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Ethics & Religion
Column #2,028
June 25, 2020
"His Needs, Her Needs"
By Mike McManus

Half of America's marriages have failed for five decades. Therapists and counselors saved less than 25% of marriages in crisis. Dr. Willard Harley, a psychologist, concluded, "We did not understand what made marriages work."

Harley writes, "I thought if I could simply get them to communicate more clearly, resolve their conflicts more effectively and stop fighting with each other so much, that their marriage could be saved."

That strategy did not work. When he asked couples "What would it take for you to be happily married again?" Finally one couple said, "for us to be in love again." Harley concluded, "I would have to learn how to restore love."

He encouraged "each spouse to try to do whatever it took to make each other happy and avoid doing what made each other unhappy. The feeling of love was restored with the next couple I counseled. Their marriage was saved."

Harley recalls, "Before long I was helping almost every couple fall in love and thereby avoid divorce."

Harley recounts this history in the opening pages of his classic book, His Needs, Her Needs: Building an Affair-Proof Marriage that was initially published in 1986. Fifteen years later in 2001, when his second edition was published, over one million copies had been sold and it was translated into 11 languages.

Many have called it "the best book on marriage ever written. "That may be true," he concedes, "because as far as I know it is still the only book written that provides a tried and proven plan for married couples to restore and sustain their love for each other."

He writes that "Successful marriages require skill - skill in caring for the one you promised to cherish throughout life...Once you have learned the lessons, your spouse will find you irresistible - a condition that is essential for a happy and successful marriage."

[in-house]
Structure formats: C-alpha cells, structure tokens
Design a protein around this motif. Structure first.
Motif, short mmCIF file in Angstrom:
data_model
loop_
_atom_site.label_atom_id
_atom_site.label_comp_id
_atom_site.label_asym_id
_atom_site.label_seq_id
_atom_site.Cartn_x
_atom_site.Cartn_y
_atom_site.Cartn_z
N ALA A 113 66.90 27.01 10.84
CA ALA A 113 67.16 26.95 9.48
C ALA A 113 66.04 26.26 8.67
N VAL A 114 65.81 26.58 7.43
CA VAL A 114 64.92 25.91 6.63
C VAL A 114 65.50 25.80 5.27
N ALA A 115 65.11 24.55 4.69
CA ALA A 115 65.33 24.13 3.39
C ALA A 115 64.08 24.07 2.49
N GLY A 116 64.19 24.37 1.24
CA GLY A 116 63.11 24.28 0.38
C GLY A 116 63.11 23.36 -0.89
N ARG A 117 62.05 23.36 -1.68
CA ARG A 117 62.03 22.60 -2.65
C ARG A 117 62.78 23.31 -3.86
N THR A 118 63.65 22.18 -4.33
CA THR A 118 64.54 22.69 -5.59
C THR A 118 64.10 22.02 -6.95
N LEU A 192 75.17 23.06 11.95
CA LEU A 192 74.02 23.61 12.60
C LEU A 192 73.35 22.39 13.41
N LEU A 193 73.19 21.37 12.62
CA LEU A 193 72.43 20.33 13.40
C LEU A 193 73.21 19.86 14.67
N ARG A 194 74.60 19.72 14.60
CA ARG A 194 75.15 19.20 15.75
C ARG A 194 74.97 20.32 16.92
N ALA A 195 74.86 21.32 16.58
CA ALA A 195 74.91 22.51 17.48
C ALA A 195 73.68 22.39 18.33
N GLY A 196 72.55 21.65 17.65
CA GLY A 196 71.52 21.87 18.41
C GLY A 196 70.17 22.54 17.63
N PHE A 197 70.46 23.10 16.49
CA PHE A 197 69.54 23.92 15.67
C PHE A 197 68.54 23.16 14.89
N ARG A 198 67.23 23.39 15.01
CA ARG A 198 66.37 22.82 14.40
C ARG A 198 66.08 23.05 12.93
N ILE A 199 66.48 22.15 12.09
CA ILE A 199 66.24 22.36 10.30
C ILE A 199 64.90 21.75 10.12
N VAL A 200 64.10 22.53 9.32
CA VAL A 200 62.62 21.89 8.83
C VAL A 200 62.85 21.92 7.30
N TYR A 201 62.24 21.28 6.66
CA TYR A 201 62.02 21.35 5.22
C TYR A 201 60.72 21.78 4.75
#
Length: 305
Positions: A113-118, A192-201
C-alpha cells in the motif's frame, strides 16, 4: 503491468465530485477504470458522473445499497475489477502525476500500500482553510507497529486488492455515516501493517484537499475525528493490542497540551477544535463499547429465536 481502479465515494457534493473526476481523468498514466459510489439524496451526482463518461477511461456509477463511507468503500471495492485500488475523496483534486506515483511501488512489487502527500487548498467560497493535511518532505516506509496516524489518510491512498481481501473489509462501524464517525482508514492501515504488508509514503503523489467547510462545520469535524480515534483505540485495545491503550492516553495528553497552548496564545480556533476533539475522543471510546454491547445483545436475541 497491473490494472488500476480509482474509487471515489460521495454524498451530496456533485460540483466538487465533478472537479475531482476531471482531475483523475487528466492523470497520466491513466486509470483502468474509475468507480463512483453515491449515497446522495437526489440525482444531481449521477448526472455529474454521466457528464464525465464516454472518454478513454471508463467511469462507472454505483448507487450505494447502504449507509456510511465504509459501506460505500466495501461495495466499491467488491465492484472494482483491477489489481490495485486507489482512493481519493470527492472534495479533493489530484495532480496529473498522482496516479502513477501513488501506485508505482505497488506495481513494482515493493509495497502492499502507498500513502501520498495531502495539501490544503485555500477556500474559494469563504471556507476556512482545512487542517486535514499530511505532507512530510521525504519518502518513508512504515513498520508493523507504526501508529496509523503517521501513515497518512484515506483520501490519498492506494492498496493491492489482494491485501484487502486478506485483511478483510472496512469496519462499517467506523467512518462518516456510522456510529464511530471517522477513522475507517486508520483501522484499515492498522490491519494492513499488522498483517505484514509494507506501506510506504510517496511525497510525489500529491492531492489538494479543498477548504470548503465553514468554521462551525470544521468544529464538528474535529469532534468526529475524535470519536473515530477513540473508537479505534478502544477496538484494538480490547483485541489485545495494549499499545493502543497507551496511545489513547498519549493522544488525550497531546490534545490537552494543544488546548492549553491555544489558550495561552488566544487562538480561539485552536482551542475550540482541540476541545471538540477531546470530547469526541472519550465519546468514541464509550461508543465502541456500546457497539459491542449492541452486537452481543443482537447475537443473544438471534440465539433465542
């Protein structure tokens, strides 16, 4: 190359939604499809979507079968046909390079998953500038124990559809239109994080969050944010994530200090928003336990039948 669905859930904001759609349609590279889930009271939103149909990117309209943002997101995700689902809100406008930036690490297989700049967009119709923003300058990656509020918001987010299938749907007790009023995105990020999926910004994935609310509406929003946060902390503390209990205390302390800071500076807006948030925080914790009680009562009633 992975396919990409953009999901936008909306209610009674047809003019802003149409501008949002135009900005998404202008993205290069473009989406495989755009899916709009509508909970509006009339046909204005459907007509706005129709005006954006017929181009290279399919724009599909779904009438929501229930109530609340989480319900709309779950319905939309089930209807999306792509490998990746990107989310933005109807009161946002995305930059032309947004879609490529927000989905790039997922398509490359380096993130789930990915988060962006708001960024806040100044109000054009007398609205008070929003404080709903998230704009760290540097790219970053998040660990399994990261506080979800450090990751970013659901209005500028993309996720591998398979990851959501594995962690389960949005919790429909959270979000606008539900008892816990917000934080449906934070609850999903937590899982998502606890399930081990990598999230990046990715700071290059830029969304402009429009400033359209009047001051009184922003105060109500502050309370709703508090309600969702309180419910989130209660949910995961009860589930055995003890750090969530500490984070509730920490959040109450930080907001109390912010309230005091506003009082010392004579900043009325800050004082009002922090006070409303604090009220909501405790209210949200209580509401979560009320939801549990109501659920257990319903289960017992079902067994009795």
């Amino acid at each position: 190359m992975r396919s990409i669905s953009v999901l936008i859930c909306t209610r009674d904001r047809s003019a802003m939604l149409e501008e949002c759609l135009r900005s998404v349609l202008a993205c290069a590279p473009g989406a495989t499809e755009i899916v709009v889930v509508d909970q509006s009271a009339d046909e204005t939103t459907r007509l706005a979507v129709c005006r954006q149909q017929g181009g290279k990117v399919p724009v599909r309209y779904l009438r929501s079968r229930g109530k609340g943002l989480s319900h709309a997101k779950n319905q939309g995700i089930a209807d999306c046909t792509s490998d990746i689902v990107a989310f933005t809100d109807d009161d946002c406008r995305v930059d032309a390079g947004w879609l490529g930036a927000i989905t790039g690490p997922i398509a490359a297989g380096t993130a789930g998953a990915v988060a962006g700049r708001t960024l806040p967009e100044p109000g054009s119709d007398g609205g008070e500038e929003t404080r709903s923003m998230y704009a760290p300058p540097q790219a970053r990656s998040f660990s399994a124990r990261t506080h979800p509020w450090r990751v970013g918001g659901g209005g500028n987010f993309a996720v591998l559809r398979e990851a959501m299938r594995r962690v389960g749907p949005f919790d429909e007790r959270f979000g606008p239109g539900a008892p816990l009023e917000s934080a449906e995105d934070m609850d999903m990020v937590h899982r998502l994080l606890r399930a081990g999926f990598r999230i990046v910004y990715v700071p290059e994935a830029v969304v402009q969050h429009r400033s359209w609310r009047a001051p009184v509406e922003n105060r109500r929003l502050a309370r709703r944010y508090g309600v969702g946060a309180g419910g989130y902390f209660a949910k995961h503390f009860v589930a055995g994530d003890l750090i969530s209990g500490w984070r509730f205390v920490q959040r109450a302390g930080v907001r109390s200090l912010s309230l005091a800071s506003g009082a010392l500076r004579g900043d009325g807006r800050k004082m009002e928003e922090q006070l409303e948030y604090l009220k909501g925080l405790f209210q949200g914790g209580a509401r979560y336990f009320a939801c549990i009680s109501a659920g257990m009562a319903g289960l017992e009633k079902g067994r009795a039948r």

What are some key lessons Harley teaches?

  1. "Become aware of each other's emotional needs and learn to meet them." For example, a man depends on his wife to "meet his sexual need. If she fulfills this need, he finds in her a continuing source of intense pleasure, and his love grows stronger. However, if his need goes unmet, quite the opposite happens. He begins to associate her with frustration."
  2. "His Needs Are Not Hers." When asked to list their needs according to their priority," men listed them one way and women the opposite way. "The five most important to men were the least important to women, and vice versa.
  3. "Everyone Has a Love Bank." It contains many different accounts - one for each person we know. "Each person either makes deposits or withdrawals whenever we interact with him or her." Pleasurable interactions cause deposits, and painful interactions cause withdrawals. Two Love Banks constantly operate in marriage - his and hers.

After six months of dating, Mary's balance in John's account is 500 love units, an all-time high for any woman in his life. He feels he has never loved anyone as much as he loves Mary. "Vivid thoughts of marriage form in his mind."

Meanwhile, John's account in Mary's Love Boat has grown steadily, but not at quite the same pace." She is fond of him, but suggests they suspend their dating for a month. John is devastated but decides to leave her alone for a month.

Mary tells him after that time that she missed him terribly. They begin dating again and Mary's balance in John's Love Bank hits 1,000 units, and he, 925 in hers. They become engaged and marry.

"When it comes to sex and affection, you can't have one without the other." For women, however, affection is the higher priority. Harley says that if holding his wife's hand in a shopping center "makes her feel loved and cherished, I would be a fool to refuse to do it."

Many men fail to show such affection. He offers additional suggestions for husbands: "Hug and kiss your wife every morning. Tell her you love her while you're having breakfast. Call her during the day to see how she is doing. Hug and kiss every night before you go to sleep."

She needs him to talk to her. When Jill and Harry dated, it was one long conversation. But after marriage, their conversations declined sharply. Harley urges husbands to give their wives 15 hours a week of undivided attention.

His Needs, Her Needs is a book to give your spouse that you can read together to fall back in love again.


Copyright (c) 2020 Michael J. McManus, a syndicated columnist and past president of Marriage Savers. To read past columns, go to Hit Search for any topic.


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